Thursday, October 06, 2011

Ontario Votes

Ontarians head to the polls today, with the two parties deadlocked a Liberal majority looming a PC victory likely the outcome still up in the air.

I'll be voting for Dalton McGuinty. No surprise there. But I still want to take a moment to explain why, because I truly believe this is a government deserving of re-election.

When I first moved to Ontario in 2008, I had rather lukewarm feelings towards the Premier. He'd spoken well at an Alberta Liberal convention a few years earlier, but it's not like he had the crowd chanting "yes we can!". My sense was he'd been a competent Premier but had largely wasted his first term, preferring to govern towards re-election than towards some grander vision.

But during my time in Ontario, I've grown more and more impressed with McGuinty, both in terms of his political abilities and, more importantly, by what he's managed to accomplish.

Throughout his second term, McGuinty hasn't shied away from thinking big. His push on green energy has had mixed results - smog days are down and Hydro bills are up...but the important thing is that Ontario has begun shifting from the industries of yesterday towards the industries of tomorrow. McGuinty introduced the HST knowing full well it would be popular with experts and economists, but not with the public.

In less controversial moves, he has continued to make improvements to Ontario's Health Care and education systems. Ontario wait times have gone from the longest in Canada to the shortest. I was at a party a few weeks ago, and people were remarking about how easy it is to find a family doctor these days. Full day kindergarten has come to Ontario. Ontario schools are now ranked number 1 in the English speaking world. If I sound like a Liberal commercial, it's because I am. And that's another reason I'm proud to be voting Liberal.

Back this spring, McGuinty was getting the snot punched out of him by everyone. PC ads calling him "the Taxman" were airing on every channel. The temptation must have been uncontrollable to punch back. Instead, the Liberals began airing minute-long commercials with nothing but McGuinty talking about his record. He used facts. He cited third party validators. He made the case for re-election.

Of course he has taken some jabs at his opponents this campaign. That's the name of the game. But the Liberals have been the only party treating voters like grown-ups. It showed in the debate, when McGuinty spent the night boring the audience with facts, Hudak spent the night finding new ways to say "taxes bad, McGuinty bad", and Andrea Horwath spent the night producing a string of platitudes and charming stories.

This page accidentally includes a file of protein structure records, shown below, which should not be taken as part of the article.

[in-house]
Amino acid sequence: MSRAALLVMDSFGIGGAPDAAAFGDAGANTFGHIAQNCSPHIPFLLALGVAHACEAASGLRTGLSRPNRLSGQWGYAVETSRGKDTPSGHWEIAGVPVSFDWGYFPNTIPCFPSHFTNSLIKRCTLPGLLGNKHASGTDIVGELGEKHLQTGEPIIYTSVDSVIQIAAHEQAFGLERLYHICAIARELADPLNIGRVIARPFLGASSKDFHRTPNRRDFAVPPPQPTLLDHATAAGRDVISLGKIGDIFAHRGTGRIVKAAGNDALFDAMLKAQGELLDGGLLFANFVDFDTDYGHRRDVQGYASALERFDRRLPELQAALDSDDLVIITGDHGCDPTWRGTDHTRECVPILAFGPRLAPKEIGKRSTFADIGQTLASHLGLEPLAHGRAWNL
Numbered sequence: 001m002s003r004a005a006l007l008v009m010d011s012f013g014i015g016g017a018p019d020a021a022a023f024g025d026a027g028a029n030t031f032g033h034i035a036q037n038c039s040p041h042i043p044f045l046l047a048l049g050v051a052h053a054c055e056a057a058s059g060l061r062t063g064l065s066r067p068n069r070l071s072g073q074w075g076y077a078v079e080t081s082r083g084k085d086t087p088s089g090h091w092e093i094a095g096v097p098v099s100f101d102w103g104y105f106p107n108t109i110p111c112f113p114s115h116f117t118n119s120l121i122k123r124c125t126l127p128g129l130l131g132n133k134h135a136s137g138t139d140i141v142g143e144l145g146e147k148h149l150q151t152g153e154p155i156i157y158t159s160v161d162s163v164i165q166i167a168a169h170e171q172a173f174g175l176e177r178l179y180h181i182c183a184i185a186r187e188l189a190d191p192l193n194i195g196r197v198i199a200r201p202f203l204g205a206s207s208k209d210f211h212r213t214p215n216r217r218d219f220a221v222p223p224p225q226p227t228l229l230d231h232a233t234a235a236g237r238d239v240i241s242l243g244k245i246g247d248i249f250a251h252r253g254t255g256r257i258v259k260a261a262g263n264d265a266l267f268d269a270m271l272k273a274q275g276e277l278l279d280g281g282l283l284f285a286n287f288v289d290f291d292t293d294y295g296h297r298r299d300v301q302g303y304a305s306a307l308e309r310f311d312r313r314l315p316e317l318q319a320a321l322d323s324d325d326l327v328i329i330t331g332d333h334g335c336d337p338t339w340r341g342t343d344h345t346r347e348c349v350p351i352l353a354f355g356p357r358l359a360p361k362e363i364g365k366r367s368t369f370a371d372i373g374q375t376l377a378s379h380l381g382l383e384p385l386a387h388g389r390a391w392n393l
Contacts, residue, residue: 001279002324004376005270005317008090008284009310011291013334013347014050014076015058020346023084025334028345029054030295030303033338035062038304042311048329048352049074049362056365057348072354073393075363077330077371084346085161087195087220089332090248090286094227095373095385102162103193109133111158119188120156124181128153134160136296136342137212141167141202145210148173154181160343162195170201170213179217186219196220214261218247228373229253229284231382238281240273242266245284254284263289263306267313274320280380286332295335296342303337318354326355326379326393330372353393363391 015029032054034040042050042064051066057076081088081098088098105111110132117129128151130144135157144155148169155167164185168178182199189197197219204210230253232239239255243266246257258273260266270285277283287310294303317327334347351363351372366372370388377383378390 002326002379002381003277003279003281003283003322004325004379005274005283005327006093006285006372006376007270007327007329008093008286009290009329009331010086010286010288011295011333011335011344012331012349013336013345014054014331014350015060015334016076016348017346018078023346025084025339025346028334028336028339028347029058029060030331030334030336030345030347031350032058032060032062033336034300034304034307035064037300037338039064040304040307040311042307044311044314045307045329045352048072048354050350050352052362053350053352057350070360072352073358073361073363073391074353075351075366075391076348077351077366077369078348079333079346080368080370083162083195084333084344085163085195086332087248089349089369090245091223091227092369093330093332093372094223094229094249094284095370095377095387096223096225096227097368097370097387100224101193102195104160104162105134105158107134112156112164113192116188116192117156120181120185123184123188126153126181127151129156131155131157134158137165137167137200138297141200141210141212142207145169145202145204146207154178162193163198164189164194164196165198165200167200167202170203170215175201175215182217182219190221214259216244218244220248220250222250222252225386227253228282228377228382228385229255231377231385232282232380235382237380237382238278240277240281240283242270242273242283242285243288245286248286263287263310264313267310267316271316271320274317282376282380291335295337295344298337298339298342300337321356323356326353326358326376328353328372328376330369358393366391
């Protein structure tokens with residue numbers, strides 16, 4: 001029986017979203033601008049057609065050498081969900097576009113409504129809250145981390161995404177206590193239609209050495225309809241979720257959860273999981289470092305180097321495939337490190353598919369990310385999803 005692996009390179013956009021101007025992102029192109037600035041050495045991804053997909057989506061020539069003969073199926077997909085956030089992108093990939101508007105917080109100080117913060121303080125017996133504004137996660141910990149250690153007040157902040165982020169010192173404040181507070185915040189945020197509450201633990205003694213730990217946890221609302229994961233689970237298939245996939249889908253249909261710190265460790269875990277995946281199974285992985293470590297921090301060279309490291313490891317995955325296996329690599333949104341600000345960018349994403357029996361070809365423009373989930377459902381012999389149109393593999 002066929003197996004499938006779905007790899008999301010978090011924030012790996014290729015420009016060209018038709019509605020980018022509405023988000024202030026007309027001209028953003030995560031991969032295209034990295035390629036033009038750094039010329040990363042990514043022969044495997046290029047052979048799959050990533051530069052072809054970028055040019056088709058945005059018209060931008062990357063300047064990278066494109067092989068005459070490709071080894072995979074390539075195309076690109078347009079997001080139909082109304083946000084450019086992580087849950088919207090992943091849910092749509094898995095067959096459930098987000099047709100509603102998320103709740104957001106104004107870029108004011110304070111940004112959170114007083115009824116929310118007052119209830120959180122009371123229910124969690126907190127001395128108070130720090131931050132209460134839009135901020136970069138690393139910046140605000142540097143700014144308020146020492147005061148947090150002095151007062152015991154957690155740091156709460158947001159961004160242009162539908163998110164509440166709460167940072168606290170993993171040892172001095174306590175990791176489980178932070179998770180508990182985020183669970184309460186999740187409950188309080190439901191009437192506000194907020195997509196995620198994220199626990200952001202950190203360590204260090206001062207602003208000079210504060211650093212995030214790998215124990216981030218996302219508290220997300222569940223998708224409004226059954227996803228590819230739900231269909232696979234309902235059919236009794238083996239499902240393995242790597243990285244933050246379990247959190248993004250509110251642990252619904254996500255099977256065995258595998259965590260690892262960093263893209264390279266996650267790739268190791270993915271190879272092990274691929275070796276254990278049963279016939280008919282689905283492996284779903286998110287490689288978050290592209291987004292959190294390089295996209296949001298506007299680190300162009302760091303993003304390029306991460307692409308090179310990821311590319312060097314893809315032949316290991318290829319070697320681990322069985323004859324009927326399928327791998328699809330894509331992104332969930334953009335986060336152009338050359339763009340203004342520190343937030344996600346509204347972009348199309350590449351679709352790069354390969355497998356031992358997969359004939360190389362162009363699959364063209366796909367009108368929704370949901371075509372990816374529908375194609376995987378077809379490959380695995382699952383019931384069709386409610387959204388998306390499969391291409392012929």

The grownup tone of the Liberal campaign was also matched with a grownup platform. The Liberal platform is more modest than the Tories', who pretend they'll be able to cut taxes without cutting services. The NDP platform is even more troubling - in addition to promises that would cripple the economy, Horwath has abandoned the NDP's traditional role of looking out for the little guy, in favour of gimmicky promises. The environment? She likes the idea of it, but wants to cut taxes on gas guzzlers and home heating. Taxes, I would add, which are paid disproportionately by the richest Ontarians.

Those are some of the reasons I'll be voting Liberal today. I'm sure a lot of Ontarians - the majority in fact - disagree with me. If you do disagree, then make sure you too get out and vote today, so that your voice is heard.

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12 Comments:

  • If you're planning on voting for McGuinty, I hope you live in Ottawa South. Otherwise, you might be a bit confused when you actually see your ballot. ;)

    By Blogger Jae/Jennie, at 12:56 PM  

  • Well, I'm generally an NDP voter, but I have to admit I've found the Ontario NDP and Horwath distinctly underwhelming this election.

    Not because she's dangerous or would cripple the economy, but because she's so utterly un-dangerous. The only thing the NDP really have going for them in this campaign is the fact that they wouldn't irresponsibly cut corporate taxes, losing huge amounts of revenue for nothing (as these corporations currently sit on massive stockpiles of cash which they are failing to invest, there is little point in giving them even more cash to fail to invest).

    Aside from that one policy I don't think the Ontario NDP are showing themselves either truly NDP or truly ready for government. Of course I'm a BCer so it's not really my business, but if I were in Ontario I think I'd be happy with any outcome that kept out Hudak.

    By Blogger Purple library guy, at 1:35 PM